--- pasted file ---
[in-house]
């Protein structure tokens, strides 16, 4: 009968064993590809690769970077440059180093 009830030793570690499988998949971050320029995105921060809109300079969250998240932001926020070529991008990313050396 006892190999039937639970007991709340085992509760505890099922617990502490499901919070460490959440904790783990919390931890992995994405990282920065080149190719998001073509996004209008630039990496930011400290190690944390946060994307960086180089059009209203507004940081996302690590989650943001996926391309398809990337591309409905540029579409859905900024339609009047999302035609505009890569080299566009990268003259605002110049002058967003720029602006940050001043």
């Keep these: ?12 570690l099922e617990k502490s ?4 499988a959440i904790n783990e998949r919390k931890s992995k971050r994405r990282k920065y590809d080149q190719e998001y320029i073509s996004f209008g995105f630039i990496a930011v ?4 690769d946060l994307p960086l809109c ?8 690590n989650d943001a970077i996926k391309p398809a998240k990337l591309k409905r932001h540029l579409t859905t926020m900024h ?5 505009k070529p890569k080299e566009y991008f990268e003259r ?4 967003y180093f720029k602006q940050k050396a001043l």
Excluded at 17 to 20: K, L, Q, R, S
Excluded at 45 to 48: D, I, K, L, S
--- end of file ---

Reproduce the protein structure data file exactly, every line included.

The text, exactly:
[in-house]
């Protein structure tokens, strides 16, 4: 009968064993590809690769970077440059180093 009830030793570690499988998949971050320029995105921060809109300079969250998240932001926020070529991008990313050396 006892190999039937639970007991709340085992509760505890099922617990502490499901919070460490959440904790783990919390931890992995994405990282920065080149190719998001073509996004209008630039990496930011400290190690944390946060994307960086180089059009209203507004940081996302690590989650943001996926391309398809990337591309409905540029579409859905900024339609009047999302035609505009890569080299566009990268003259605002110049002058967003720029602006940050001043």
């Keep these: ?12 570690l099922e617990k502490s ?4 499988a959440i904790n783990e998949r919390k931890s992995k971050r994405r990282k920065y590809d080149q190719e998001y320029i073509s996004f209008g995105f630039i990496a930011v ?4 690769d946060l994307p960086l809109c ?8 690590n989650d943001a970077i996926k391309p398809a998240k990337l591309k409905r932001h540029l579409t859905t926020m900024h ?5 505009k070529p890569k080299e566009y991008f990268e003259r ?4 967003y180093f720029k602006q940050k050396a001043l």
Excluded at 17 to 20: K, L, Q, R, S
Excluded at 45 to 48: D, I, K, L, S